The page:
How to share content so everyone benefits…

how to share nicelyThese days, lots of people need to know how to share content. Most often because they are creating websites and social media platforms for their businesses. So they need content to put up on their site to keep readers interested. But our ability to share and create websites and platforms is moving faster than our ability to learn how to do this well. And not everyone understands how to share others’ work properly (by which I mean legally and fairly). I’ve written this post to help with that.

When it comes to content that someone has written, there are rules. And ethics. To put it nicely, there are friendly ways to share and less friendly ways to share. In my experience, most of the people who share things the not-so-friendly way are lovely people who are doing so innocently. They are trying to get to grips with setting up and running their business. But there is sometimes a bit of a learning curve, and this is an important skill set to learn.


Sharing blog posts on social media…

Most of us are already used to sharing links and pictures and other content on social media, and it’s great to share blog posts and content that way. You see something on Facebook, so you click the link, and it takes you back to the original website or blog. You the reader can then read what the author has to say in full. if a Facebook post takes you to my website, you can have a wander around and look at more stuff. Maybe you’ll like what I do enough to bookmark me, or sign up to my newsletter. Maybe that means that, one day down the line, you’ll buy one of my books. So I, the website owner who creates content, am happy when people share my posts and pictures nicely, because you’ve come to read my stuff. At the end of the day, most people who blog want people to read what they create. So sharing posts on social media is great for that, and as long as you credit the original person or page and include the original link, then you can’t go too far wrong.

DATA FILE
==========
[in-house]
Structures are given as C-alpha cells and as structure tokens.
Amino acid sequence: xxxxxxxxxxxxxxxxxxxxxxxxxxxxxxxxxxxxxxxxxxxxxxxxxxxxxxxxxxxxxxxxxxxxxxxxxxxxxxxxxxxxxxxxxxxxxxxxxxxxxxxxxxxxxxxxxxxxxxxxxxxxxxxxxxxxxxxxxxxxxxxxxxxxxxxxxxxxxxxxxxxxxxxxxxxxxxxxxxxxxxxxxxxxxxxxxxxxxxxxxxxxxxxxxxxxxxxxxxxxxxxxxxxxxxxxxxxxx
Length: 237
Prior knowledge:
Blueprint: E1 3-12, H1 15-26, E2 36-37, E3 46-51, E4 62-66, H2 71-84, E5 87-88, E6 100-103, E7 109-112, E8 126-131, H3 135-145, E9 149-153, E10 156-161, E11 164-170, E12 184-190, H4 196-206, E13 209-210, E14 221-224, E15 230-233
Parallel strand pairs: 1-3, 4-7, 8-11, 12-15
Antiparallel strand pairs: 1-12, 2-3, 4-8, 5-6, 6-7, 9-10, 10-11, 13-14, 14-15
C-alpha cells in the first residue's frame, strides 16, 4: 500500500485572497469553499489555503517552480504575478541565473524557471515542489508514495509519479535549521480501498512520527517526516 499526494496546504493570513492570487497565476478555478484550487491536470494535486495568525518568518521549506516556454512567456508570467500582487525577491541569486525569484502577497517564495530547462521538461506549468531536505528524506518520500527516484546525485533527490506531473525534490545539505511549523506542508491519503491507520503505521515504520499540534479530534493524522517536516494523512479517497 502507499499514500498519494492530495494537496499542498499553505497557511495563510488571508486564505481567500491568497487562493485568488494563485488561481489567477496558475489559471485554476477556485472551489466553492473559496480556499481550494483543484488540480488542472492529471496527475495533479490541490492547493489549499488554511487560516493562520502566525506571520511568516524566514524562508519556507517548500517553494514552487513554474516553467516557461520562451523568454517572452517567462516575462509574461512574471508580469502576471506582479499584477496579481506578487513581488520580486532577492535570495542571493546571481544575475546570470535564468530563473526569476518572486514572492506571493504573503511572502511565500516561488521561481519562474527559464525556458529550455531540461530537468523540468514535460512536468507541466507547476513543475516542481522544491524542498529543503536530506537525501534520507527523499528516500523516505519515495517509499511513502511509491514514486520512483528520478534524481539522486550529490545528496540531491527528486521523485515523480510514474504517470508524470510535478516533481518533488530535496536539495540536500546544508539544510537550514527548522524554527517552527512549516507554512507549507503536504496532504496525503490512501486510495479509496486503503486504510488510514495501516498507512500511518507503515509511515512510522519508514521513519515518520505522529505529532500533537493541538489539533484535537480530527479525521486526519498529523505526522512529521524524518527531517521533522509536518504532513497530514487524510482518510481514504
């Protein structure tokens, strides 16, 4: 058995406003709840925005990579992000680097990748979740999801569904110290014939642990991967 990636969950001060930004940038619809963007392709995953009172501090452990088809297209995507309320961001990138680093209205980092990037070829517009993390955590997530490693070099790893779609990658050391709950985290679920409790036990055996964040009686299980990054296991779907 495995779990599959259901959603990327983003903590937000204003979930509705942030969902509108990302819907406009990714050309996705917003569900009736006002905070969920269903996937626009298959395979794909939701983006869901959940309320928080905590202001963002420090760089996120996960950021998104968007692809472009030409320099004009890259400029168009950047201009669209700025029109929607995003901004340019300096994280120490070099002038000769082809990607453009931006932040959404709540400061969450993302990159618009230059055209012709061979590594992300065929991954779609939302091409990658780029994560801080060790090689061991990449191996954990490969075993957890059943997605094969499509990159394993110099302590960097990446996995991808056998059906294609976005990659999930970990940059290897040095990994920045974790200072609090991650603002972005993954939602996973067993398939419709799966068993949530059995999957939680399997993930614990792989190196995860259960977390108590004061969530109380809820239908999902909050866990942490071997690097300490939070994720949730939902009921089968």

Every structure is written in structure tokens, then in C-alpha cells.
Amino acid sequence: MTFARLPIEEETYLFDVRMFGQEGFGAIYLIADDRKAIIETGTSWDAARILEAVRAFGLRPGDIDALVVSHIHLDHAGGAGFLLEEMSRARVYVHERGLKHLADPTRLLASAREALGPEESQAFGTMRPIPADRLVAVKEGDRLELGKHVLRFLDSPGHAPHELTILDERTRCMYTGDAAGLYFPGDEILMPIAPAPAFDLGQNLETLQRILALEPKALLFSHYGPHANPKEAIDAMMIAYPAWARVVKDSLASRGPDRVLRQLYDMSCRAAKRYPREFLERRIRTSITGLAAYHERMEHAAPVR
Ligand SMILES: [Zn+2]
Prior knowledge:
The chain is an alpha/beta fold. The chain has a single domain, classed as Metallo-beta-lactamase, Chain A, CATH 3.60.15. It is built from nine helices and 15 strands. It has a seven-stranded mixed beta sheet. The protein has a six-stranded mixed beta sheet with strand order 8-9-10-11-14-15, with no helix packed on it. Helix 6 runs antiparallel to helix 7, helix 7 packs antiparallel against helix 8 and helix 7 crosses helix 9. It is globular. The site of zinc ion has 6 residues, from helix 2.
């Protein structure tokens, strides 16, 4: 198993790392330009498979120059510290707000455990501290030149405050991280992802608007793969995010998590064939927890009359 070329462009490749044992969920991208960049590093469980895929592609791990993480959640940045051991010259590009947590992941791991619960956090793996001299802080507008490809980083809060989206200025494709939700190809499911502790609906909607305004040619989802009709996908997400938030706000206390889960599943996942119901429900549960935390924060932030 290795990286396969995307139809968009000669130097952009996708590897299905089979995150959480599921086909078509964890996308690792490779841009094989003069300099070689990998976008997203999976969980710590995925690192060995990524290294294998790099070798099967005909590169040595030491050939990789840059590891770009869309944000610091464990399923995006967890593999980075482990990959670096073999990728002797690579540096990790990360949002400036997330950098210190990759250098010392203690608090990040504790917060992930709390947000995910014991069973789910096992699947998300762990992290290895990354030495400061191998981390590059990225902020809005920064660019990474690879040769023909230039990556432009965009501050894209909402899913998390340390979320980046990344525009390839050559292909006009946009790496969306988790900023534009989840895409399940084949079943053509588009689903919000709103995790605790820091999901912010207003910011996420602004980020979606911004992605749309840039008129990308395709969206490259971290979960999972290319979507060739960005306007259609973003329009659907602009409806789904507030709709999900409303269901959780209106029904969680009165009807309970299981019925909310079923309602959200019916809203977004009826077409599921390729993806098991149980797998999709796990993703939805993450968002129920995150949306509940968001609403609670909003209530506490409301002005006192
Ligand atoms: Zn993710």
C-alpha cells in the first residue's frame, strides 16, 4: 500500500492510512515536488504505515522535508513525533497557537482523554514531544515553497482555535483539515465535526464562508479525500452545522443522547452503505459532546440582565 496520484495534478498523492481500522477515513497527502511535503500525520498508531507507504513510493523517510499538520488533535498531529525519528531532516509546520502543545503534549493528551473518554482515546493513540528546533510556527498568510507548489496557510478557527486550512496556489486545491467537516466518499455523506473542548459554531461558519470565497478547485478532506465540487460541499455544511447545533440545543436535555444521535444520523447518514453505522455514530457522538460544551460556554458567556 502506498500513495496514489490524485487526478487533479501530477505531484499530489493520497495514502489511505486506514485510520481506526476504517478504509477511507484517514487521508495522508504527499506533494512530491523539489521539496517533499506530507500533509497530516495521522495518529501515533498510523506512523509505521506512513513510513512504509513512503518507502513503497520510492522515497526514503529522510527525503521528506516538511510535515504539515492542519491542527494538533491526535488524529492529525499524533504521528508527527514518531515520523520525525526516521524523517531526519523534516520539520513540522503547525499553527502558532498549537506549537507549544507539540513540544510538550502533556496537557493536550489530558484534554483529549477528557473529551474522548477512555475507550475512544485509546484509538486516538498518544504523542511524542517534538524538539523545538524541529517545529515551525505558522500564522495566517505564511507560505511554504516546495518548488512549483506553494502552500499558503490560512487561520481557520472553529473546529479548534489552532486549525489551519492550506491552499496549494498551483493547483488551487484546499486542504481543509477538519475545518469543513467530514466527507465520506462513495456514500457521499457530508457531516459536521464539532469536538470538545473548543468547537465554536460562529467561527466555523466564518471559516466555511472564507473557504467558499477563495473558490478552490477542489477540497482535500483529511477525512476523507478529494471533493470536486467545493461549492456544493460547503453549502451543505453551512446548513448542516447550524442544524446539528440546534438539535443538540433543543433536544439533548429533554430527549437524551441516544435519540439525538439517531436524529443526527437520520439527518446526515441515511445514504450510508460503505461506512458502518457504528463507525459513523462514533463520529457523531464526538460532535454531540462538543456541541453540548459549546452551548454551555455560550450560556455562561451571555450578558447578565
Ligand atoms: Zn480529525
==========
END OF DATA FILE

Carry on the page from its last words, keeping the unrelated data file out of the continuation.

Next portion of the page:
The take home message here: share or repost: don’t copy and paste.

Many people (unless they state otherwise, so check) are happy for you to share/repost. The Instagram ‘get repost’ app is great, because it prompts you to add the original author’s tag onto the photo. And you can copy their text, which will then be credited to them.

And remember that they deserve and are entitled to keep the credit. Otherwise it looks like you’re stealing their work and passing it off as your own. You might not intend that, but that’s how it can look. And remember that other people may share or repost from your page, site or feed, so be generous in your credit to the original author. You’ll look generous too!

Also, take a moment to make sure that you are crediting the correct original author. The person who you are sharing/reposting from may have plagiarised the original author or not properly tagged their work. I know it’s not always possible to know for sure, but if you’re reposting people who are in your field, you’ll soon get a sense of whether someone is posting original work or taking from others. It takes just a couple of minutes to ensure that you credit correctly, but it’s really worth it. You’ll become known as someone who is generous and who has integrity. Not as someone who takes others’ work – even by accident – and makes it look as it it’s their own.


Sharing blog posts on websites…

The content of blog posts and other written, filmed or recorded material (like book pages, course content and so on) is covered under copyright law. Many people – like me – will have a copyright notice on their website, books and courses. You can see my website copyright notice on every page on my site. As you can see from my notice, I’m happy for people to share links and small (one or two line) excerpts from my posts, and offering good information that others can link to is the very point of making a website like mine.